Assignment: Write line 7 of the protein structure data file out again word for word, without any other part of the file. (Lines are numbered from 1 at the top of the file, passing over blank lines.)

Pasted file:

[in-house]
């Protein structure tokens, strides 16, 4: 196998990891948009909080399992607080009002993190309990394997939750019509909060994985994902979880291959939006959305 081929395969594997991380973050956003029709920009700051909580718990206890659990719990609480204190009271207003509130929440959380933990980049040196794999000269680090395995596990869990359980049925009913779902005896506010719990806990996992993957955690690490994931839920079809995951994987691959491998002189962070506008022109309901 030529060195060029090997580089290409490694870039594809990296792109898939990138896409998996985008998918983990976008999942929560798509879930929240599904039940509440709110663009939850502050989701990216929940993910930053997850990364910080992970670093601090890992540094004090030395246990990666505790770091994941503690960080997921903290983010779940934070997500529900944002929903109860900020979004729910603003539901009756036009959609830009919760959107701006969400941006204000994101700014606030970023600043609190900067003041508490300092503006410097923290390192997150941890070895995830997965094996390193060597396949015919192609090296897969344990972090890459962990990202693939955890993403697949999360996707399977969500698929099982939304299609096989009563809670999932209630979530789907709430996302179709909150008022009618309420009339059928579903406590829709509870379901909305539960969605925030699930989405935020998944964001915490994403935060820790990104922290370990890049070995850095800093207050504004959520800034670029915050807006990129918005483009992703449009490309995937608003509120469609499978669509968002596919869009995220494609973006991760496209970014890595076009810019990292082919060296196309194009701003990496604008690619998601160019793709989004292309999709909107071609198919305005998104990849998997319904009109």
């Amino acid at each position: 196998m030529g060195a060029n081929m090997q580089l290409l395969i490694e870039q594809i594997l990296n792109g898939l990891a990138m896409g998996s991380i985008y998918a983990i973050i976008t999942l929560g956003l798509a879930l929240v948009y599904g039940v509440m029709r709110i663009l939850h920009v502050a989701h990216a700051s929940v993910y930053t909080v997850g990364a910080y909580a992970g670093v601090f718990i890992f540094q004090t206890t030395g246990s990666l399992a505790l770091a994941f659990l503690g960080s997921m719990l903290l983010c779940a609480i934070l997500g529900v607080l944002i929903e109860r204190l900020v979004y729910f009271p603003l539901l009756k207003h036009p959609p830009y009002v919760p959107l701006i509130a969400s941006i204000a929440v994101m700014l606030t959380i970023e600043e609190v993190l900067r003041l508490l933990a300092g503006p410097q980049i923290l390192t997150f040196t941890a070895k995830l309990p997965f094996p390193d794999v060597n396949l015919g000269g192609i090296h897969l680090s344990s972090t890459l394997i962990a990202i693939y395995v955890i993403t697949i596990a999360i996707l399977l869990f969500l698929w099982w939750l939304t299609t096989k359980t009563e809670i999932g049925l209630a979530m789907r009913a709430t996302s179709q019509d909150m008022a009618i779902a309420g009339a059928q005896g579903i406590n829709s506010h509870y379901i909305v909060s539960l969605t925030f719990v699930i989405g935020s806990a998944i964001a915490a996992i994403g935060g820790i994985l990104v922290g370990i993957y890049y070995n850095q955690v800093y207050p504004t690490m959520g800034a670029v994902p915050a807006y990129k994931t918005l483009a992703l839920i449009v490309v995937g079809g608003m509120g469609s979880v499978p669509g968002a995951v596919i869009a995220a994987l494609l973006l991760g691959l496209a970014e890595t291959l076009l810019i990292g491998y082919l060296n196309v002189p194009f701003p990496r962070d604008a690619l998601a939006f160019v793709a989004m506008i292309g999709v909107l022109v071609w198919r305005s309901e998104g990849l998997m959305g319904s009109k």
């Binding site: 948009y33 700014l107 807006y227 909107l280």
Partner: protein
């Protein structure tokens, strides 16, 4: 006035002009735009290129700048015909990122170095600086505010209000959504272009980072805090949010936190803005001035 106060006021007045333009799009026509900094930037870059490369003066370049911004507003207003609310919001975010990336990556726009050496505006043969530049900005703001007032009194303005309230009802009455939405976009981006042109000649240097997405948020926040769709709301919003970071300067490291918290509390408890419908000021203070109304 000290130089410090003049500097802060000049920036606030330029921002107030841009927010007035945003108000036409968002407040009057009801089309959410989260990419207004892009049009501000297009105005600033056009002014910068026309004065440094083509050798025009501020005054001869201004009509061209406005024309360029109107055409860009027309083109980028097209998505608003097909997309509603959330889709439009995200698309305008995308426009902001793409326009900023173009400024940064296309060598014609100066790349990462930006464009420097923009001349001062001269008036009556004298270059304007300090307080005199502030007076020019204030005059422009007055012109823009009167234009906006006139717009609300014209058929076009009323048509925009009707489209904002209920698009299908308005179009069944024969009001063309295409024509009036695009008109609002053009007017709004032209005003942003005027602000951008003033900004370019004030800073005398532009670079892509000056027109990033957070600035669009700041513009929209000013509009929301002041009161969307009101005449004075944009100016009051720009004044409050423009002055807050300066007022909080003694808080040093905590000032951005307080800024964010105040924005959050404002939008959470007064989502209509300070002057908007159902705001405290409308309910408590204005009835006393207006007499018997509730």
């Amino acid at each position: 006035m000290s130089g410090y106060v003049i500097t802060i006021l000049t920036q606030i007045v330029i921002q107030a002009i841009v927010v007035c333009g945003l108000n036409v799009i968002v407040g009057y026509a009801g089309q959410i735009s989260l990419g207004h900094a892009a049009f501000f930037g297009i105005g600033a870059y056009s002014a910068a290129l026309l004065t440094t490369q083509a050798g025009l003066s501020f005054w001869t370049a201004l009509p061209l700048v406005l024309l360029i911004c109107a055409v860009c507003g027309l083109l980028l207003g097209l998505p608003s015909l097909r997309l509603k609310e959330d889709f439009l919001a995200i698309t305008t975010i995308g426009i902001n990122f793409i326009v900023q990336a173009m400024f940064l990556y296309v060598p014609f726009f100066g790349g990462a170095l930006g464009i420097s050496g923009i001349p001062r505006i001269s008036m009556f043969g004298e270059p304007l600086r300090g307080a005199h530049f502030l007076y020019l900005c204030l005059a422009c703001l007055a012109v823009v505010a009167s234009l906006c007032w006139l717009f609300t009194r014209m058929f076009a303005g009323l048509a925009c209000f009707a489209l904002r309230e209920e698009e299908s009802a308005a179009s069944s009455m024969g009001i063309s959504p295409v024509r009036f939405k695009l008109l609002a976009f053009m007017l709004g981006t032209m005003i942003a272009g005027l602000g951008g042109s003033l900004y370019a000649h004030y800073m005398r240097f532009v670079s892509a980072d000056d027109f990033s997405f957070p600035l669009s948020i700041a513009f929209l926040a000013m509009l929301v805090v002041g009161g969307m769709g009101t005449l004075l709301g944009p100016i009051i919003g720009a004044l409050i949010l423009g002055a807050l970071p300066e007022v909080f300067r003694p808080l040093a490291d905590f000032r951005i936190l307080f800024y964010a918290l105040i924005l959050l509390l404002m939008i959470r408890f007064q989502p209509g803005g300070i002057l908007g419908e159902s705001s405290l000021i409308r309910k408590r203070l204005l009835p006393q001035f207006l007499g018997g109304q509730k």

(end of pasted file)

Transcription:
């Amino acid at each position: 006035m000290s130089g410090y106060v003049i500097t802060i006021l000049t920036q606030i007045v330029i921002q107030a002009i841009v927010v007035c333009g945003l108000n036409v799009i968002v407040g009057y026509a009801g089309q959410i735009s989260l990419g207004h900094a892009a049009f501000f930037g297009i105005g600033a870059y056009s002014a910068a290129l026309l004065t440094t490369q083509a050798g025009l003066s501020f005054w001869t370049a201004l009509p061209l700048v406005l024309l360029i911004c109107a055409v860009c507003g027309l083109l980028l207003g097209l998505p608003s015909l097909r997309l509603k609310e959330d889709f439009l919001a995200i698309t305008t975010i995308g426009i902001n990122f793409i326009v900023q990336a173009m400024f940064l990556y296309v060598p014609f726009f100066g790349g990462a170095l930006g464009i420097s050496g923009i001349p001062r505006i001269s008036m009556f043969g004298e270059p304007l600086r300090g307080a005199h530049f502030l007076y020019l900005c204030l005059a422009c703001l007055a012109v823009v505010a009167s234009l906006c007032w006139l717009f609300t009194r014209m058929f076009a303005g009323l048509a925009c209000f009707a489209l904002r309230e209920e698009e299908s009802a308005a179009s069944s009455m024969g009001i063309s959504p295409v024509r009036f939405k695009l008109l609002a976009f053009m007017l709004g981006t032209m005003i942003a272009g005027l602000g951008g042109s003033l900004y370019a000649h004030y800073m005398r240097f532009v670079s892509a980072d000056d027109f990033s997405f957070p600035l669009s948020i700041a513009f929209l926040a000013m509009l929301v805090v002041g009161g969307m769709g009101t005449l004075l709301g944009p100016i009051i919003g720009a004044l409050i949010l423009g002055a807050l970071p300066e007022v909080f300067r003694p808080l040093a490291d905590f000032r951005i936190l307080f800024y964010a918290l105040i924005l959050l509390l404002m939008i959470r408890f007064q989502p209509g803005g300070i002057l908007g419908e159902s705001s405290l000021i409308r309910k408590r203070l204005l009835p006393q001035f207006l007499g018997g109304q509730k």